2. For a workweek of piece-rate compensation and a base rate of minimum wage for all hours worked:

  • An employee works a 5-day, 40-hour workweek.
  • The employee has two 10-minute rest periods authorized and permitted per day, for a total of 100 minutes (1.67 hours) of rest periods for the workweek.
  • The employee is paid minimum wage ($10/hour) for all hours worked, including the two 10-minute rest periods, for a total of $400.
  • The employee also earns a total of $300 in piece-rate compensation for the workweek.
The average hourly rate to be paid for the rest periods for this employee is calculated as follows:
$683.30 Total compensation for the workweek, not including compensation for rest and recovery periods, which is the $300 in piece-rate compensation, plus the minimum wage paid for all hours worked except the 1.67 hours of rest period time
÷ 38.33 Total hours less rest periods
= $17.83/hour Note: $10/hour of this time is already calculated into and paid in the employee’s minimum wage of $10/hour for all hours worked, including the rest period time.

Therefore, the additional amount owed for rest periods under this example is $7.83/hour.

Total compensation for the workweek:
$400 Minimum wages for all hours worked, including the rest period time
+ Piece = rate compensation
+ $7.83 x 1.67 hours = Additional amount over minimum wage required to pay correct average hourly rate for rest periods

3. For a workweek with both piece-rate work and hourly work:

  • An employee works a 5-day, 40-hour workweek.
  • On two 8-hour days of this workweek (for a total of 16 hours), the employee works at an hourly rate of $10/hour, and does no piece-rate work.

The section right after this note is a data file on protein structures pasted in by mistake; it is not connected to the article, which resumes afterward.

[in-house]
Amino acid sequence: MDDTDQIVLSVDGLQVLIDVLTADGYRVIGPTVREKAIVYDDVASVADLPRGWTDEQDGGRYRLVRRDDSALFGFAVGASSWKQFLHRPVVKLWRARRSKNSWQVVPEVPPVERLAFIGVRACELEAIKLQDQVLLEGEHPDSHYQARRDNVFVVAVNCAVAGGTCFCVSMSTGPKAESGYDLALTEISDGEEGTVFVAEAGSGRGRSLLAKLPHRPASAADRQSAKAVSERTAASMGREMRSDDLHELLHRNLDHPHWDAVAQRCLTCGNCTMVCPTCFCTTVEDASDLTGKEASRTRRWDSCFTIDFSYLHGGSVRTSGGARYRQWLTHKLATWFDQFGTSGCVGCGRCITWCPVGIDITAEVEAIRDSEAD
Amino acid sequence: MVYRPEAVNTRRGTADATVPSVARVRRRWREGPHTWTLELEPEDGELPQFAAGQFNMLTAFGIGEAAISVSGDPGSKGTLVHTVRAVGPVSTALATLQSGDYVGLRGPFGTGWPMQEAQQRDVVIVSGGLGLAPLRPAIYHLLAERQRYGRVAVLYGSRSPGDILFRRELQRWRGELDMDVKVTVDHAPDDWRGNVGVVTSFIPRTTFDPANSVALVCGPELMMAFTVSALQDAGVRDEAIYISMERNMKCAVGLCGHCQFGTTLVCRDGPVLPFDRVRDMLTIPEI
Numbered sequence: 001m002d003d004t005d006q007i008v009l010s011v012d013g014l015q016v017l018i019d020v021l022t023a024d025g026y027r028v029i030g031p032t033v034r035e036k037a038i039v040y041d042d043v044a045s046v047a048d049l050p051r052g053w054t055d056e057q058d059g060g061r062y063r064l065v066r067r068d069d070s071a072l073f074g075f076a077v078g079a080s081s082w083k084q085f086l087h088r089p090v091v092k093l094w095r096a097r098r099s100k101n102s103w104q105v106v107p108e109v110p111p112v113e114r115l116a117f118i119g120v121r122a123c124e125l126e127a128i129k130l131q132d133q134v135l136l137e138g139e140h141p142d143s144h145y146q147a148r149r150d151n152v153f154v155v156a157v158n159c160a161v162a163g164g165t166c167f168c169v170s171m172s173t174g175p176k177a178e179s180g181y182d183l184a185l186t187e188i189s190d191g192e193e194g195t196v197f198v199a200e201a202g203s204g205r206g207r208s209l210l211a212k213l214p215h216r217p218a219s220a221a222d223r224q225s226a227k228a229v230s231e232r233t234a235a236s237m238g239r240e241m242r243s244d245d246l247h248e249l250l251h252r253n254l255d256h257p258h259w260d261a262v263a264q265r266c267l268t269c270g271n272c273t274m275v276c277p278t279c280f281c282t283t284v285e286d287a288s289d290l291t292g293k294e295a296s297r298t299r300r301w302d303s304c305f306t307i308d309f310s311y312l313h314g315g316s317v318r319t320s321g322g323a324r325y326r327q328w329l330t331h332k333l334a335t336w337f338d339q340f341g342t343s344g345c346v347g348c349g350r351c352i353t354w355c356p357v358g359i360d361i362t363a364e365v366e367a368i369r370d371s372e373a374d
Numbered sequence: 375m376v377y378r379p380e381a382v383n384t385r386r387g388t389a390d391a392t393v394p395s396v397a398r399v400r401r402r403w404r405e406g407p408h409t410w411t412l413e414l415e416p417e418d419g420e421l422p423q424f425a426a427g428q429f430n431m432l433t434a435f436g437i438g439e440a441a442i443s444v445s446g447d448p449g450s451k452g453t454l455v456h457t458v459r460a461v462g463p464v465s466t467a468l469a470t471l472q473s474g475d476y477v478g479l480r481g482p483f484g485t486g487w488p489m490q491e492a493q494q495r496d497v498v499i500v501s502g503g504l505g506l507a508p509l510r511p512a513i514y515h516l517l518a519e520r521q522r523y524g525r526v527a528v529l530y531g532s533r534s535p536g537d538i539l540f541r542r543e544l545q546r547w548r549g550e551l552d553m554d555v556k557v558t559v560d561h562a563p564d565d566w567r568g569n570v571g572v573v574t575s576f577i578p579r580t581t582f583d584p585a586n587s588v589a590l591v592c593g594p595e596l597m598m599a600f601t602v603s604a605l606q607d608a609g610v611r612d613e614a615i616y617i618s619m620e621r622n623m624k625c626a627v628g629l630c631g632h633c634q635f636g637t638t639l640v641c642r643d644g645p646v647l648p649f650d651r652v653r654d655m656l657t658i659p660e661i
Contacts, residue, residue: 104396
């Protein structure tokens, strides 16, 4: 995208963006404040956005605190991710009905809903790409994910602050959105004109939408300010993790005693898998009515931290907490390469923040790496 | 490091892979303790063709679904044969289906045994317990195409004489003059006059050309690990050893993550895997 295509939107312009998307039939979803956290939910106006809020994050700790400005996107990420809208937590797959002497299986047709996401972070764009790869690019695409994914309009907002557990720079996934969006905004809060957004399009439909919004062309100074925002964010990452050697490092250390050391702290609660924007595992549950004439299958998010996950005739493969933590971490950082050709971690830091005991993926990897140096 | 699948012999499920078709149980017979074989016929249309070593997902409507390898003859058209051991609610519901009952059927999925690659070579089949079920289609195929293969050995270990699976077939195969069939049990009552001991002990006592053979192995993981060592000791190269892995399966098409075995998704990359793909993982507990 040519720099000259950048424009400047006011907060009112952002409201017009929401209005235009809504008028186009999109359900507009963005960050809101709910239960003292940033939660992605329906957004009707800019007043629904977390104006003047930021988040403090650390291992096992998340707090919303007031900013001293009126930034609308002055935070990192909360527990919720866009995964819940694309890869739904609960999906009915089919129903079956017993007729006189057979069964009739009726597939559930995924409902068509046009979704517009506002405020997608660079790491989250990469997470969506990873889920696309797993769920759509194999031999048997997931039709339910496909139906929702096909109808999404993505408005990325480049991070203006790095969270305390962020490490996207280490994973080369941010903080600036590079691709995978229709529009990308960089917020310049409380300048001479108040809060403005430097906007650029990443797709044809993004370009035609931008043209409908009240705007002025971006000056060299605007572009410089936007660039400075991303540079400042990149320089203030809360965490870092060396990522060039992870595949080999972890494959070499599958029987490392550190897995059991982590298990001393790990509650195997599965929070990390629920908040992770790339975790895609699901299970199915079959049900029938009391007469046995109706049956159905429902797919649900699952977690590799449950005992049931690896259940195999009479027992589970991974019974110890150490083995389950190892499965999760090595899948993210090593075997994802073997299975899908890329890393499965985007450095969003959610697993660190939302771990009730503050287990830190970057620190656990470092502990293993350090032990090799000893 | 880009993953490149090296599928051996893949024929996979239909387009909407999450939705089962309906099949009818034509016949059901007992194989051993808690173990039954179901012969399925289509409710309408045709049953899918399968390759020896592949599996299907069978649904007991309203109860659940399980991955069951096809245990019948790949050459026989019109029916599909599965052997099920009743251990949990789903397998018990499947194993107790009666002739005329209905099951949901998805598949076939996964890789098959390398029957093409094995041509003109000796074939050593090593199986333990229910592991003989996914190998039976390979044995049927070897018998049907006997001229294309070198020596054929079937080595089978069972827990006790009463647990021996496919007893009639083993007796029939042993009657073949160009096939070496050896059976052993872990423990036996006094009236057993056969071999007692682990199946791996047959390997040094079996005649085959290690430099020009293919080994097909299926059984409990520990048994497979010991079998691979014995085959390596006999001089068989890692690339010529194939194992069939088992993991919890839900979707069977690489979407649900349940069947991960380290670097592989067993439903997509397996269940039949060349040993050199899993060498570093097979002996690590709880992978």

• On the other three days of the week (for a total of 24 hours), the employee does piece-rate work only and earns a total of $300 in piece-rate compensation.
  • On each day of the workweek, the employee has two 10-minute rest periods authorized and permitted, for a total of 100 minutes (1.67 hours) of rest periods for the workweek.
  • On the two hourly-work days, these rest periods are compensated at the $10 hourly wage.
The average hourly rate to be paid for the rest periods for this employee is calculated as follows:
$453.30 Total compensation for the workweek, not including compensation for rest and recovery periods, which is the $300 in piece-rate compensation, plus the $160 for hourly work, less $6.70, which is the compensation for the 40 minutes of rest and recovery periods on the two hourly-rate days.
÷ 38.33 Total hours, which is 40 hours less the 1.67 hours of rest period time
= $11.83/hour Note: For the days on which the employee worked at an hourly rate, $10/hour of this time is already been paid as part of the hourly rate. For those two days, the employee is owed only an additional $1.83/hour for the rest periods. For the days on which the employee did piece-rate work, the rate to be paid for the rest periods is $11.83.
Total compensation for the workweek:
$160 For the hourly rate worked on two days
+ $300 Piece-rate compensation
+ $1.83 x .67 hours = $1.23 The additional amount owed for the rest periods on the hourly rate days to bring them to the average hourly rate for the workweek.
= $473.06

4. For a workweek of piece-rate compensation and overtime hours: